Aaron Wherry linked to a particularly interesting speech today, given by then prime minister Lester B. Pearson at the University of British Columbia in 1965.
As Wherry points out, there are some big differences between Pearson’s speech and the speeches we hear politicians giving nowadays. Pearson is subject to boos and a lot of heckling from students who didn’t agree with his stance on nuclear disarmament and felt his government was moving too slowly on student aid. At the time, The Saskatoon Star Phoenix described the heckling as “good-natured needling,” something I wouldn’t expect to see if our current prime minister was heckled in a similar way.
Quite simply, politicians don’t make speeches like this anymore, Pearson spoke to 4,000 students, the night before he spoke to 2,900 members of the general public. As Wherry says, “few leaders now ever put themselves in front of crowds that aren’t controlled or selected.”
But the more things change, the more they stay the same.
Early in the talk he says, “I know there is one subject in which you are particularly interested and that is higher education, the place of universities in our society, the obligation of governments to higher education and the obligations of those who receive higher education to their society and to their country.”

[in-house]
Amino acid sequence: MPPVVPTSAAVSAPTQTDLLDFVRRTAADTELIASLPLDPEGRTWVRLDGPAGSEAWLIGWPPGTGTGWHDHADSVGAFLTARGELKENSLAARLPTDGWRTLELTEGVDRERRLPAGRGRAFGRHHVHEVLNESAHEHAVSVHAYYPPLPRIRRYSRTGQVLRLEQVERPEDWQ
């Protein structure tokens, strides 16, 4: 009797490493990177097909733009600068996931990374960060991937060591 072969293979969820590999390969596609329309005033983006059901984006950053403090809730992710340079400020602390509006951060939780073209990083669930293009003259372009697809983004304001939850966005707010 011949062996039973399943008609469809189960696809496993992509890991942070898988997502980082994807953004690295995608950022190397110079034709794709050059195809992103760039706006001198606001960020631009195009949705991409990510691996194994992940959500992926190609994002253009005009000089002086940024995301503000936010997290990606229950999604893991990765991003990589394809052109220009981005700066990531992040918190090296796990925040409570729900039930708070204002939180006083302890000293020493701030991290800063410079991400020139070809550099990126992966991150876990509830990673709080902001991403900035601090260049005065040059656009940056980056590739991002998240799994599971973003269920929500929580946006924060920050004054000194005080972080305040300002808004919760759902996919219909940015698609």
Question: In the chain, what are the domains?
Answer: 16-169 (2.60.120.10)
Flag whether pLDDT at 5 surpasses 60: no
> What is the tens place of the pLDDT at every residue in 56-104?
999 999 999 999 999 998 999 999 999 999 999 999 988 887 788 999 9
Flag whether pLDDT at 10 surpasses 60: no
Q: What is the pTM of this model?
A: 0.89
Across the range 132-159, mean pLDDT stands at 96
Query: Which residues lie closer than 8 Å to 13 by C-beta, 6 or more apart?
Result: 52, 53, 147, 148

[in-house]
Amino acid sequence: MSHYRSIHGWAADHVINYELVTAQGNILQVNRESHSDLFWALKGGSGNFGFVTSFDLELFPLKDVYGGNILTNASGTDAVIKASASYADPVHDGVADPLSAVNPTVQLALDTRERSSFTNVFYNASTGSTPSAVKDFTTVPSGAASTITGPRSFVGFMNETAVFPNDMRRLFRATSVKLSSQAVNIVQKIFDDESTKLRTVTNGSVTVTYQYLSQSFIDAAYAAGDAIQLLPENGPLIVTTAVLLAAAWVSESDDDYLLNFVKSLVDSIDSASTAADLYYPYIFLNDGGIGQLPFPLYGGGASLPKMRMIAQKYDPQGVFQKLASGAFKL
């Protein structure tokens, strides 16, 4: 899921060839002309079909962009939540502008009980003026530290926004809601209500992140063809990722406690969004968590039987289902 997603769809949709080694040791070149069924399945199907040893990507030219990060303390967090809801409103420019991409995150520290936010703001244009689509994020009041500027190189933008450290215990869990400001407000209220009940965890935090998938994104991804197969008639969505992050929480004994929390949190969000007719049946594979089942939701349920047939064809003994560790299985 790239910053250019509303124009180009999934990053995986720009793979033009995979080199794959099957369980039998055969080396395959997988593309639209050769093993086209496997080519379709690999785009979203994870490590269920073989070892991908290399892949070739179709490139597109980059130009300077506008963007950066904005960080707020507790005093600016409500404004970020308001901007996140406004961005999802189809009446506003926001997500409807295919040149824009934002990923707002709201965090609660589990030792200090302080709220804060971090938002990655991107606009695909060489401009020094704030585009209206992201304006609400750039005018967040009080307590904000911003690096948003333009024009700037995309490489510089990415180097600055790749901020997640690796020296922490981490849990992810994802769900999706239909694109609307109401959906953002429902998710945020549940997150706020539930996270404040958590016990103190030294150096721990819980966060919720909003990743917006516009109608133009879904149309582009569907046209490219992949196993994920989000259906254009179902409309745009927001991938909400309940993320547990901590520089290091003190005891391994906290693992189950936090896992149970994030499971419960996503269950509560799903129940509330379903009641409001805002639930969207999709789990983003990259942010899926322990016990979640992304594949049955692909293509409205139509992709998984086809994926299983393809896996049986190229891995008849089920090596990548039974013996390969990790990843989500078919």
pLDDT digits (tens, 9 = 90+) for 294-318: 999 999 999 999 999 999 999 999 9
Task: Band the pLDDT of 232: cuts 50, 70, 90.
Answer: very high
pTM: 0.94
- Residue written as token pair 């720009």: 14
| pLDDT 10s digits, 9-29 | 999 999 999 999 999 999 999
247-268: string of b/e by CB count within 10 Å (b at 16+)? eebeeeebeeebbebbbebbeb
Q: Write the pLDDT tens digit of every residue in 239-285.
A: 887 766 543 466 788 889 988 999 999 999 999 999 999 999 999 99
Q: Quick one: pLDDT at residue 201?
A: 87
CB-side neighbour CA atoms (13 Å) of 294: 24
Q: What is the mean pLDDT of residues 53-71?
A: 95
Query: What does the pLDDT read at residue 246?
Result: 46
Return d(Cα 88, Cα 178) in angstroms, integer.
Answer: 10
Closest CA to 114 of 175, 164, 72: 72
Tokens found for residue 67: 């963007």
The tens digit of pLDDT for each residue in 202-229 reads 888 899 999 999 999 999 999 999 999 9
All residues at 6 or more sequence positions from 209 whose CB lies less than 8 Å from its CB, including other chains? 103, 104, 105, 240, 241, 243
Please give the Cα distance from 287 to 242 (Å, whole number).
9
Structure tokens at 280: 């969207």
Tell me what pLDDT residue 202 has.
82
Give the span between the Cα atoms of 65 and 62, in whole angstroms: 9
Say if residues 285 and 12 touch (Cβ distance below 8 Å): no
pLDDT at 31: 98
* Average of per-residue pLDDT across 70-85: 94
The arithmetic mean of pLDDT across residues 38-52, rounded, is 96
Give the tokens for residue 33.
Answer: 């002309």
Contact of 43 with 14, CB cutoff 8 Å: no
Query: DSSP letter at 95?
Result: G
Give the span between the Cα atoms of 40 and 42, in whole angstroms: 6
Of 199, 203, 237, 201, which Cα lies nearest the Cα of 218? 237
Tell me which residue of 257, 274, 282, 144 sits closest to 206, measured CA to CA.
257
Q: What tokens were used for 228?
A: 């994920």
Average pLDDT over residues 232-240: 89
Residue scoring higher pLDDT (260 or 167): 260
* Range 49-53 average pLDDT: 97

Pearson also wonders whether “the emphasis on wise and unhurried teaching and research be replaced by the demands and dimensions of a knowledge factory?”
The speech comes at an interesting time, Canada student loans had only been introduced the year before and universities were asking for–and getting a lot more money from Ottawa than they ever had before.
While Pearson says that all those who can qualify for university should be able to attend, regardless of finances, he believes that in exchange for government support of universities all graduates should have a “priority to service to their country over advantage to themselves.” A sentiment we don’t hear that much these days.
Interestingly, Pearson says that he thinks university education will eventually be like high school and become free.
Of course, some of the issues facing universities in 1965 are very different from those today, Pearson talks about the possibility of nuclear war which could make survival a more important priority for the government than post secondary education.
But some of it is the man more than the times. He suggests that those who question what Canada has done to ensure world peace and avoid World War III should go down to the United Nations and ask the other delegations what they think.